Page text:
Within a year, he joined in a partnership with one of his customers, George Zimmer, today chairman of what has grown into the Men's Wearhouse chain.
Last year, Exec VP Mr. Goldman took several steps that inched the brand upscale, created and launched a second brand targeting value and pushed Men's Wearhouse into the New York metropolitan area with 13 stores. Sales jumped from $631 million in 1997 to $768 million in 1998.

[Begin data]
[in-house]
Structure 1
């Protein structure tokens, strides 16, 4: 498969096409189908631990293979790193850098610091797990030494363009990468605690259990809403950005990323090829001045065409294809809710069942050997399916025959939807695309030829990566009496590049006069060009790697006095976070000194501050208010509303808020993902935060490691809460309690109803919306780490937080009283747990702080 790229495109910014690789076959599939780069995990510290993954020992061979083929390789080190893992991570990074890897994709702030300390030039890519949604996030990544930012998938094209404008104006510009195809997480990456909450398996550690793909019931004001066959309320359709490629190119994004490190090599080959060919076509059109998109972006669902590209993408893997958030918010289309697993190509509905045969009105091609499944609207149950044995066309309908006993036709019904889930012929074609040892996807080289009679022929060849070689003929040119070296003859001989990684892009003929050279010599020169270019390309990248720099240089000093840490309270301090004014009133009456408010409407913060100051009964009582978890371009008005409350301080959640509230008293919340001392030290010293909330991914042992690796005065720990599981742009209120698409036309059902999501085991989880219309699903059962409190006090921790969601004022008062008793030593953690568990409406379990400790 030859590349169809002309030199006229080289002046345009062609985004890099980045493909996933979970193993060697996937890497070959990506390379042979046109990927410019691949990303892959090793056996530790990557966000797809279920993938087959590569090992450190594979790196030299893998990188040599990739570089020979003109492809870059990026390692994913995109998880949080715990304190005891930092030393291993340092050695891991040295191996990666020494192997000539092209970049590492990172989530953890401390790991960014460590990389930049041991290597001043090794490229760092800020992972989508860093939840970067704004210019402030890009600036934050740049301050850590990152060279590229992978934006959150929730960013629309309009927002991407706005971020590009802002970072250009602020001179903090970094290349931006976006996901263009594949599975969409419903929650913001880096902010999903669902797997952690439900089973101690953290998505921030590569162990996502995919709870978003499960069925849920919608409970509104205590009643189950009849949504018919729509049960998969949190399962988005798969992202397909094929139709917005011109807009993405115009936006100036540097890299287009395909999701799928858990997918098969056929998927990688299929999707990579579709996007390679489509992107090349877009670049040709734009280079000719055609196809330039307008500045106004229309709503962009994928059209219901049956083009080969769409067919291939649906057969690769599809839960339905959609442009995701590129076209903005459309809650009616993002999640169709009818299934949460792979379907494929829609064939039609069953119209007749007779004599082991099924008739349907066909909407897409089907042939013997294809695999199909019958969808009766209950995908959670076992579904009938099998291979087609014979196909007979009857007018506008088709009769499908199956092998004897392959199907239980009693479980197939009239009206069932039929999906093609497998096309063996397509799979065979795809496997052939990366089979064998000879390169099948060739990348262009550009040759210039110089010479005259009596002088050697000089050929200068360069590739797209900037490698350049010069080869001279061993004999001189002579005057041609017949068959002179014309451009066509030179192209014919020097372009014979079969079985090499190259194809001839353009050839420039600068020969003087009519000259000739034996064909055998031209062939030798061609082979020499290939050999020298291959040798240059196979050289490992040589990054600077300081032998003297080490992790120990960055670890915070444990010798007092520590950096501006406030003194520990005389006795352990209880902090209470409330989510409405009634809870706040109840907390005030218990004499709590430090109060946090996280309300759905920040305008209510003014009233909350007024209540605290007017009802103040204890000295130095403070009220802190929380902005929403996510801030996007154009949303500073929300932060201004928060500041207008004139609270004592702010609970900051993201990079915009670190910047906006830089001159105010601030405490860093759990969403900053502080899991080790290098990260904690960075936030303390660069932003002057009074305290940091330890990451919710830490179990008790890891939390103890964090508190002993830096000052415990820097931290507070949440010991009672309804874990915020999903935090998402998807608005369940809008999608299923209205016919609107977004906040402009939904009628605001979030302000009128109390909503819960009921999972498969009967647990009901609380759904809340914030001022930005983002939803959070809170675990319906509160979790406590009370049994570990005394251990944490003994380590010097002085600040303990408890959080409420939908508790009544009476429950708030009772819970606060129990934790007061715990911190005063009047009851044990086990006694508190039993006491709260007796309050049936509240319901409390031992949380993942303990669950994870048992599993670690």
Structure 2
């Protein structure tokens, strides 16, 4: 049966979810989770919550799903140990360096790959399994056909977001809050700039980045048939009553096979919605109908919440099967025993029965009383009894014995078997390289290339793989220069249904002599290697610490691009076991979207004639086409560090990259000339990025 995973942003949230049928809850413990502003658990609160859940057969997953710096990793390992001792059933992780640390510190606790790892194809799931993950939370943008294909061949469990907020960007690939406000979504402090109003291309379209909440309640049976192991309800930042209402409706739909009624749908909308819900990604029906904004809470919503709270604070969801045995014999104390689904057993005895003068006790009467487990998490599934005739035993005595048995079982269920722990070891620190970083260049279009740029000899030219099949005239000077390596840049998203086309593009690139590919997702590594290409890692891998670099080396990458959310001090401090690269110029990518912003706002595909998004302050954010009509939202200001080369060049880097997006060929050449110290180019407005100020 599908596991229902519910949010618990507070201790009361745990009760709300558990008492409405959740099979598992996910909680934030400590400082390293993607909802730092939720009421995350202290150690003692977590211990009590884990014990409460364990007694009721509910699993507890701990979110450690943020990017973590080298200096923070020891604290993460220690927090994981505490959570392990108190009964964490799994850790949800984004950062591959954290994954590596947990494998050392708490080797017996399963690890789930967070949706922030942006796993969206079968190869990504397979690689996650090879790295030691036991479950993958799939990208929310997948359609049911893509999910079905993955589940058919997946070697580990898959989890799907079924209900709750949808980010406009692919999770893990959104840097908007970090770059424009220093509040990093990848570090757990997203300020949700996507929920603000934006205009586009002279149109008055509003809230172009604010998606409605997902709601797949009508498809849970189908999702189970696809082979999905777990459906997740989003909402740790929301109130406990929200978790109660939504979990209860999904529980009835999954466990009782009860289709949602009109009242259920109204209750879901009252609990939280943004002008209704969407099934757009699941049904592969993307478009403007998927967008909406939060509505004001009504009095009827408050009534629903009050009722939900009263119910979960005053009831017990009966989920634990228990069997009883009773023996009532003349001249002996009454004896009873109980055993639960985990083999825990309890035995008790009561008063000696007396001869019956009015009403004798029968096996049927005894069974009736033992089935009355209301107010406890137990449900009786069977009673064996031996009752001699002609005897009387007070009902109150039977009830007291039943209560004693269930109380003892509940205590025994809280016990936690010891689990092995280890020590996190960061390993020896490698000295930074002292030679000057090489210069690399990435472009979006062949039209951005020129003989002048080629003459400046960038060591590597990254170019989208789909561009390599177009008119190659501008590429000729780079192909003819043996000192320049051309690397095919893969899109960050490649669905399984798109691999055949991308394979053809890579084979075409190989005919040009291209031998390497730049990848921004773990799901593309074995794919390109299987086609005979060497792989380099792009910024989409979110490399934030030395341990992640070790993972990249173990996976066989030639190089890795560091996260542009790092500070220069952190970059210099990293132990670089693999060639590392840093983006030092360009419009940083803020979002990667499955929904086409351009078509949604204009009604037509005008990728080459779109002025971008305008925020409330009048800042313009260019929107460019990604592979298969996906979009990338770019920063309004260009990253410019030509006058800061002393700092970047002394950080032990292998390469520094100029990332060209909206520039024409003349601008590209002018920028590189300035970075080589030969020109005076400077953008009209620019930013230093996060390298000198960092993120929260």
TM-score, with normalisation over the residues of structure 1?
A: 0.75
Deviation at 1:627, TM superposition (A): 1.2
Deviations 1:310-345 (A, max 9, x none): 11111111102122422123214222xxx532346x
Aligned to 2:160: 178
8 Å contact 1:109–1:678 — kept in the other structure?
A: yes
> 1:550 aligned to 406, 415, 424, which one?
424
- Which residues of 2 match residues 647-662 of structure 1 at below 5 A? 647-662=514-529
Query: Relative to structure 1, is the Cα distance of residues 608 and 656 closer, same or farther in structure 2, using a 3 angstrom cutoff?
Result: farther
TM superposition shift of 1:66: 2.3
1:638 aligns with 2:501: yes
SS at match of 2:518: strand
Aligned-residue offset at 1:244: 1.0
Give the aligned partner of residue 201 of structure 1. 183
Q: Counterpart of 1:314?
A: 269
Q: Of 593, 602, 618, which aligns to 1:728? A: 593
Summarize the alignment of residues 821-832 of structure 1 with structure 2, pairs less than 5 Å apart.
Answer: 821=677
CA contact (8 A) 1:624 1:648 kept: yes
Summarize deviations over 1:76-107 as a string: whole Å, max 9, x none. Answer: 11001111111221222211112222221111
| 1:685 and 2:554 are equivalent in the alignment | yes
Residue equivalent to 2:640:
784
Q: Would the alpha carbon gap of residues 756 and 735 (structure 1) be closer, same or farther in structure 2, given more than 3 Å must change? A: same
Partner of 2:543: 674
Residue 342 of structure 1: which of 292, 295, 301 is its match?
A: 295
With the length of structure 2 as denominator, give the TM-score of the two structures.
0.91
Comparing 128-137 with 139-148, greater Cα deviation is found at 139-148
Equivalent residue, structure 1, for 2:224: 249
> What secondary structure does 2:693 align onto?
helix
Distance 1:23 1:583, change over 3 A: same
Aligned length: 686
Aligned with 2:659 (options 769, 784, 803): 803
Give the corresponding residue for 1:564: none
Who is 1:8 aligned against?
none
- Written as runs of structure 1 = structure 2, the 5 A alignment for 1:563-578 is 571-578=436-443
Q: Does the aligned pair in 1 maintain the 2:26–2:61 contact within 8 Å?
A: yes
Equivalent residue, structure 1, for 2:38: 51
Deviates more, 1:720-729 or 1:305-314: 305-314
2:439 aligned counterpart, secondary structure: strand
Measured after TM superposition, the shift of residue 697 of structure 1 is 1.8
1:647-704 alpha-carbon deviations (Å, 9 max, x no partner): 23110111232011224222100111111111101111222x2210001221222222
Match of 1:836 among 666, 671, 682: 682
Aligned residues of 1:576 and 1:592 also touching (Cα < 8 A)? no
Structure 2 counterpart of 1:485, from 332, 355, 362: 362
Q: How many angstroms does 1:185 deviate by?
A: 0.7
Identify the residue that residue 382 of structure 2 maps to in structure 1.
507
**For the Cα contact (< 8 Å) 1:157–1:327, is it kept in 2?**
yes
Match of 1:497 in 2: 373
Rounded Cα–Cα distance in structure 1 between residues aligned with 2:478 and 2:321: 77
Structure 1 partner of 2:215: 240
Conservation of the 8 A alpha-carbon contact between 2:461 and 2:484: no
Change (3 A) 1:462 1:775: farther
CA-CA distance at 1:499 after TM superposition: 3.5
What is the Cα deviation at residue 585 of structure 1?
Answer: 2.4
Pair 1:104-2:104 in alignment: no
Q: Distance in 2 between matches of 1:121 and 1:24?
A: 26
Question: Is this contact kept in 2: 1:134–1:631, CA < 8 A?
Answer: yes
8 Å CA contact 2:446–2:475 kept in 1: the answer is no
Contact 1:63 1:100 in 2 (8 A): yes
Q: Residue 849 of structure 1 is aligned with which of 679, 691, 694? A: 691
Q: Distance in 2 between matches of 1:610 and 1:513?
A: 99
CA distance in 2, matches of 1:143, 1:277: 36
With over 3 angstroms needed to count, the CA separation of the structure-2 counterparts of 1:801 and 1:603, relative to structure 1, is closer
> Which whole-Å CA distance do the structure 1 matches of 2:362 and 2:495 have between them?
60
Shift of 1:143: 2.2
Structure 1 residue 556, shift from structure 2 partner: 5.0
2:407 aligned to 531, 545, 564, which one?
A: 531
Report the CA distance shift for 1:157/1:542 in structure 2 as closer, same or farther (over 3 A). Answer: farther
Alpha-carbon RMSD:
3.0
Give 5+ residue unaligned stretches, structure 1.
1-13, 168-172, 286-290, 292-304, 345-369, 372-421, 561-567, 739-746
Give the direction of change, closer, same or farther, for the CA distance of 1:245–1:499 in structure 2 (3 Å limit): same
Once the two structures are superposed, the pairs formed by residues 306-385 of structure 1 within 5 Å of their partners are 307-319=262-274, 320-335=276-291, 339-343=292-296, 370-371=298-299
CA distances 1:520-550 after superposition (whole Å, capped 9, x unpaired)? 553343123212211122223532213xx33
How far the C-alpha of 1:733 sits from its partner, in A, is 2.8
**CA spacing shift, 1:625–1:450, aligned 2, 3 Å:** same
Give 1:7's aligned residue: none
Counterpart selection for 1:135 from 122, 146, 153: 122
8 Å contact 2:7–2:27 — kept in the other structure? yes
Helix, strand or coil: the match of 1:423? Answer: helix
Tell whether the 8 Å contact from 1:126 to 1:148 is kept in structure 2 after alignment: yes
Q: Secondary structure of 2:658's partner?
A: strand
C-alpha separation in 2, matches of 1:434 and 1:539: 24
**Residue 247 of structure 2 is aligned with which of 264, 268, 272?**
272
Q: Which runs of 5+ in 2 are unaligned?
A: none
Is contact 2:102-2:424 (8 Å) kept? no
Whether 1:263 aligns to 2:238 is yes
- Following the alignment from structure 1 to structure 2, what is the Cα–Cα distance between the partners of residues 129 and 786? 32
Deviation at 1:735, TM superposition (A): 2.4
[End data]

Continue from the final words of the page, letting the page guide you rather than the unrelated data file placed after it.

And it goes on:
As the company's chief marketer, Mr. Goldman moved into TV in 1975 as a pioneer in retail TV advertising, later establishing Mr. Zimmer as the ad spokesman with the line, "I guarantee it."
As the clothing chain grew, however, Mr. Goldman, with the help of San Francisco-based agency Red Ball Tiger, realized Men's Wearhouse needed to move a notch upscale.
The 48-year-old executive redesigned the logo, selecting more manly gray and taupe colors. More importantly, Mr. Zimmer, who had become something of an icon in established markets, was moved into a more statesman-like role as the company's founder-his finger- pointing eliminated and his guaranteeing tone